It has been a fortnight since I boarded the plane and took my leave from the presence of Steve and Pat Zimmerman and an African minister, Sam Jacobs, who were there to see me off. It took about a week to get over the effects called “jet lag”. That condition does not improve with age! This past two weeks has provided the time and opportunity to reflect upon the people, places, sights, experiences and conversations of the month I was there. If you’ll permit me and be a bit patient, I’d like to share some of that with you. This will be the conclusion of my trip monologue.
The trips were long. Each way, the flight time totaled about 21 hours. When the waiting time (2 hours for domestic flights and 3 hours for international flights) plus the additional time involved because of scheduling delays are considered, the total elapsed time averaged about 30 hours. Since I wear hearing aids, flying is noisy resulting in either poor or no sleep. I watched movies I wouldn’t have otherwise and I read a lot. I find it is interesting and amusing to watch people, especially in airports and on planes. And then there is flight food (or perhaps fright food). One is well advised to neither ask nor wonder what it was before it was served. It could have been a tree or perhaps a cotton plant. Delta is Delta, but South African Airline (SAA) is a pretty good way to fly.
I think the most impressive thing that I found was the dedication, hard work and amount of time spent by both Steve Zimmerman and Thompson Ntobie for the Lord and His people. They take very little personal time for relaxation or recreation. Obviously, they need to take time for home and family, but that seems to be minimal. Results of their efforts are obvious when considering the number of Bible studies led, Cape Bible Seminary classes taught, numbers of new church starts and sermons preached. Now, a new dimension has been added – libraries in churches and schools. This will require additional time and lots of hard work because of the heavy books involved. Steve has had to ration the number of trips made and churches visited because of the price of fuel.Since returning, I have spent some time downloading pictures from cameras onto my computer. I will soon have some of them ready to show and more as time goes on. One of the subjects will be about Thompson Ntobie, his new office, his computer, book binder and the brand new Cannon photocopier we were able to purchase for him while I was there. He is currently working on a Xhosa language book on the subject of the church in the Bible. This will be essentially a text book and will show that very few of the SA churches follow the Bible pattern. For that matter, very few of the churches in the USA follow the pattern, as well.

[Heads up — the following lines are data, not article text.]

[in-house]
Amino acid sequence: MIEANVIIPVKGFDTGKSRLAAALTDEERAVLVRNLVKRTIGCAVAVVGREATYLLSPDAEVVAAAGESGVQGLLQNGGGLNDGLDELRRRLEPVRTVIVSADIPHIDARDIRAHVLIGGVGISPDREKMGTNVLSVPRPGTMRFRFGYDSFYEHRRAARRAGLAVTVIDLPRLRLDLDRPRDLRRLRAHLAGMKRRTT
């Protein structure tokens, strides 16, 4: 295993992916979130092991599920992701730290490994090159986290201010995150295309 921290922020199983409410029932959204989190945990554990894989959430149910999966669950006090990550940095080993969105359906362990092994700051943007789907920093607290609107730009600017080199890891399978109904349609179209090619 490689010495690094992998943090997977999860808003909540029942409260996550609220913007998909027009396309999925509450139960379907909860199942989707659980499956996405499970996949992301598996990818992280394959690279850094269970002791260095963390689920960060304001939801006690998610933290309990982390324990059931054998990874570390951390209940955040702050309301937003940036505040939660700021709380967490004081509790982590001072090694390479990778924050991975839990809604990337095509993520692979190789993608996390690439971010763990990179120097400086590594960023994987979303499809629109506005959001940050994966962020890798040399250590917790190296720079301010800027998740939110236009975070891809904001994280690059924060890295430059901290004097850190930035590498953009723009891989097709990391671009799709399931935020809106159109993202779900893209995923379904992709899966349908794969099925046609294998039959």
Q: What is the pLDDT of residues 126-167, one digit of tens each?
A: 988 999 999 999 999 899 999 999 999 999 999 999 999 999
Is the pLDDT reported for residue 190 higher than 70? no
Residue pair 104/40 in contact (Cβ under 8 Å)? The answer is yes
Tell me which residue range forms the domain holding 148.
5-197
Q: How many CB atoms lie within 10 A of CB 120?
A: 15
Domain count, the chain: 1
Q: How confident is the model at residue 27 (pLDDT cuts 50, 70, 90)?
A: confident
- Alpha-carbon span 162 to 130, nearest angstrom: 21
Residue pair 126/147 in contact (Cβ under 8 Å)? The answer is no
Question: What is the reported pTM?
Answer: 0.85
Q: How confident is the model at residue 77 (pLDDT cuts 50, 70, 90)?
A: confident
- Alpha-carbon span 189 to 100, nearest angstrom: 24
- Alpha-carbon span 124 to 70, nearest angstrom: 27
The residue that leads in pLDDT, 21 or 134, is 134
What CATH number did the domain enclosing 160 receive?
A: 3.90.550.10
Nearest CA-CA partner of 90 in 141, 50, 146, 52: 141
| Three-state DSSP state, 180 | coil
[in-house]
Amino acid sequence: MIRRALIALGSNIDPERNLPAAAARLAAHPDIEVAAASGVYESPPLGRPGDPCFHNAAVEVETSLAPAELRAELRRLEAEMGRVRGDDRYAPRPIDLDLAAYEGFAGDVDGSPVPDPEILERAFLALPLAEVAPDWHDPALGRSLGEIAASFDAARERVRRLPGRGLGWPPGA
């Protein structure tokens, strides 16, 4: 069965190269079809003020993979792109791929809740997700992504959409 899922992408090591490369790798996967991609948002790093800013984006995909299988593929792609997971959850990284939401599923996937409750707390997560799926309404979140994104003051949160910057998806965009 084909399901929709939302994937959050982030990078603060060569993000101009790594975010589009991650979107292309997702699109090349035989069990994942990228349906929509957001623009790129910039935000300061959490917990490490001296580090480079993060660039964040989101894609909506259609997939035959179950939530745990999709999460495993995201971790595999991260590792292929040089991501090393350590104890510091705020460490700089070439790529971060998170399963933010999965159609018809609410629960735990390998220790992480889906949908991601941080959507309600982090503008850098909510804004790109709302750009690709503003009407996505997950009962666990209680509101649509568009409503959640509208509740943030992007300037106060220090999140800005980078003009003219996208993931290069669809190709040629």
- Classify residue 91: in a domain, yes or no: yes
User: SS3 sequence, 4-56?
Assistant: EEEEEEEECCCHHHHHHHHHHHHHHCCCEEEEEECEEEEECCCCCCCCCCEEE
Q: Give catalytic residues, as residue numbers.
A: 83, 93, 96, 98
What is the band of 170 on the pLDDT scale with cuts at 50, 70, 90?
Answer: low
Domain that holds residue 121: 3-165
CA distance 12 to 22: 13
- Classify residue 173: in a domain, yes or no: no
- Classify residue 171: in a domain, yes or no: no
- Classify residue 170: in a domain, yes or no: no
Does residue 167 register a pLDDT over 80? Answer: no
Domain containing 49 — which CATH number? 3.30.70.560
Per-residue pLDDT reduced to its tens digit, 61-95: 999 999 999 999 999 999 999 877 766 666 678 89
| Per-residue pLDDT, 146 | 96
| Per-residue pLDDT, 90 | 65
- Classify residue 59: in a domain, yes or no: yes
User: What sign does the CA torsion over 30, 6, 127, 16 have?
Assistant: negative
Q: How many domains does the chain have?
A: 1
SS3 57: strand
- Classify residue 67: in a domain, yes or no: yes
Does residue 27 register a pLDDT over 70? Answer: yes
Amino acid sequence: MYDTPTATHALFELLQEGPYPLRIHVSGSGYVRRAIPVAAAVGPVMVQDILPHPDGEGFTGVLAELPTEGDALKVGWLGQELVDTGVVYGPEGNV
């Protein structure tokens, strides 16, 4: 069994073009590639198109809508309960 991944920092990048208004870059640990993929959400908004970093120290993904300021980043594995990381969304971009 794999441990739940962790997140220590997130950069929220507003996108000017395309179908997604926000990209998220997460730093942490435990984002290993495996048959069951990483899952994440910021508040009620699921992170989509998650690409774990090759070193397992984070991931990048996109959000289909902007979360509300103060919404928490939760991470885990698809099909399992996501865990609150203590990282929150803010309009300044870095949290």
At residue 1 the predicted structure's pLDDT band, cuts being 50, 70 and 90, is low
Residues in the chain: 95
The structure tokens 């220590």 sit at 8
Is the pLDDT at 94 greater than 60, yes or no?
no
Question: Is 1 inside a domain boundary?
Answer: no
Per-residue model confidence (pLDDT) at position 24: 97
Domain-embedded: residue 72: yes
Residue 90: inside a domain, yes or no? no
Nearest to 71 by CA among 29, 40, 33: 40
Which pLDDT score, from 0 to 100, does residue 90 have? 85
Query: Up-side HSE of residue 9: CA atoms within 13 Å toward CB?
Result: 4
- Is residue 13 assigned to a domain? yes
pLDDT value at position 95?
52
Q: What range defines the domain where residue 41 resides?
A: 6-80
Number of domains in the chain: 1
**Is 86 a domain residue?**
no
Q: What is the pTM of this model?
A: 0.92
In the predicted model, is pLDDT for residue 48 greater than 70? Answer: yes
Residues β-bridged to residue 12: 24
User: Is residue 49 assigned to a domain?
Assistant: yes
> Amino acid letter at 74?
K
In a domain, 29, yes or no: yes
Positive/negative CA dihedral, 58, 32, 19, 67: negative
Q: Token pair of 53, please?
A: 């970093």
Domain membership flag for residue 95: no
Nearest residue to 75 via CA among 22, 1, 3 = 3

During the month I was there, I spent parts of three days doing “touristy” things. Along with some of the group from Colorado, I went to Cape Agulles which is the south-most point on the African continent. I went to the Table Mountain base and Signal Mountain to take pictures of Cape Town and environs. And, I went to Cape Point, the location of the Cape of Good Hope and the place where the Atlantic and Indian Oceans meet.
In closing, I’ll answer two questions frequently asked: yes! Yes – I’m glad I went. Yes – I would go again if it is God’s will. I have one very important comment. Every church should demand a written, detailed report from every missionary they support at least quarterly. In addition, every church should visit every supported mission in the field at least once every five years. It is obvious that most churches don’t do this and they have no way of knowing how well they are doing as stewards of the Lord’s provision. I will be happy to come to any church and report on the work of the South African Christian Mission. Call 317-576-0076 and we’ll make arrangements.
Yours in the service of Jesus Christ, david